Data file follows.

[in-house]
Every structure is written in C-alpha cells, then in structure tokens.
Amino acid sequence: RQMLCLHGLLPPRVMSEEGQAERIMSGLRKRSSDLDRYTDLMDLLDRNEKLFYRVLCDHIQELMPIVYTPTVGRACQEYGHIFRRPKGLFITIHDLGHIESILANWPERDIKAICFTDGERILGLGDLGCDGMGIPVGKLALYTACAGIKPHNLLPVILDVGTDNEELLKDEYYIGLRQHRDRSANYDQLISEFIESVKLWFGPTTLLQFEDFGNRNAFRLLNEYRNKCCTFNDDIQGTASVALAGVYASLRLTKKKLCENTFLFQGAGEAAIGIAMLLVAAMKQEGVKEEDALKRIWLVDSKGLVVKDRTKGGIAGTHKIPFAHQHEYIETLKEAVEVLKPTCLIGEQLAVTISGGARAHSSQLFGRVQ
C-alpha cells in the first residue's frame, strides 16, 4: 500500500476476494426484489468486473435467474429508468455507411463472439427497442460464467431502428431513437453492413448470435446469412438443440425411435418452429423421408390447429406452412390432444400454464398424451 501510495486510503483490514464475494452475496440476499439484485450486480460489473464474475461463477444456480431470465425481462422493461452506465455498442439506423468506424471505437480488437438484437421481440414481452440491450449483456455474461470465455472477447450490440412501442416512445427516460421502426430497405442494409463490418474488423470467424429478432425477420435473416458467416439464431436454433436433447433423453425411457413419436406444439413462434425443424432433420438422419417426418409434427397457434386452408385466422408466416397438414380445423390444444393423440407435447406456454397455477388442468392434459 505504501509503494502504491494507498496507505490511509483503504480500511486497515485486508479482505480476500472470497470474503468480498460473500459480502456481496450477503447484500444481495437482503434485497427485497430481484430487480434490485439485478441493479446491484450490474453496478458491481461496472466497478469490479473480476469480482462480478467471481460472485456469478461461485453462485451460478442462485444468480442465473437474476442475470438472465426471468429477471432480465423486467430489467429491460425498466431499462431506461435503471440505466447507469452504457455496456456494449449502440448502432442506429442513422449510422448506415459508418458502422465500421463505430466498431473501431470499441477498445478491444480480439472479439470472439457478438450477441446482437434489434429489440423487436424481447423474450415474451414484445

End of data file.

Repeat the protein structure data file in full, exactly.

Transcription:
[in-house]
Every structure is written in C-alpha cells, then in structure tokens.
Amino acid sequence: RQMLCLHGLLPPRVMSEEGQAERIMSGLRKRSSDLDRYTDLMDLLDRNEKLFYRVLCDHIQELMPIVYTPTVGRACQEYGHIFRRPKGLFITIHDLGHIESILANWPERDIKAICFTDGERILGLGDLGCDGMGIPVGKLALYTACAGIKPHNLLPVILDVGTDNEELLKDEYYIGLRQHRDRSANYDQLISEFIESVKLWFGPTTLLQFEDFGNRNAFRLLNEYRNKCCTFNDDIQGTASVALAGVYASLRLTKKKLCENTFLFQGAGEAAIGIAMLLVAAMKQEGVKEEDALKRIWLVDSKGLVVKDRTKGGIAGTHKIPFAHQHEYIETLKEAVEVLKPTCLIGEQLAVTISGGARAHSSQLFGRVQ
C-alpha cells in the first residue's frame, strides 16, 4: 500500500476476494426484489468486473435467474429508468455507411463472439427497442460464467431502428431513437453492413448470435446469412438443440425411435418452429423421408390447429406452412390432444400454464398424451 501510495486510503483490514464475494452475496440476499439484485450486480460489473464474475461463477444456480431470465425481462422493461452506465455498442439506423468506424471505437480488437438484437421481440414481452440491450449483456455474461470465455472477447450490440412501442416512445427516460421502426430497405442494409463490418474488423470467424429478432425477420435473416458467416439464431436454433436433447433423453425411457413419436406444439413462434425443424432433420438422419417426418409434427397457434386452408385466422408466416397438414380445423390444444393423440407435447406456454397455477388442468392434459 505504501509503494502504491494507498496507505490511509483503504480500511486497515485486508479482505480476500472470497470474503468480498460473500459480502456481496450477503447484500444481495437482503434485497427485497430481484430487480434490485439485478441493479446491484450490474453496478458491481461496472466497478469490479473480476469480482462480478467471481460472485456469478461461485453462485451460478442462485444468480442465473437474476442475470438472465426471468429477471432480465423486467430489467429491460425498466431499462431506461435503471440505466447507469452504457455496456456494449449502440448502432442506429442513422449510422448506415459508418458502422465500421463505430466498431473501431470499441477498445478491444480480439472479439470472439457478438450477441446482437434489434429489440423487436424481447423474450415474451414484445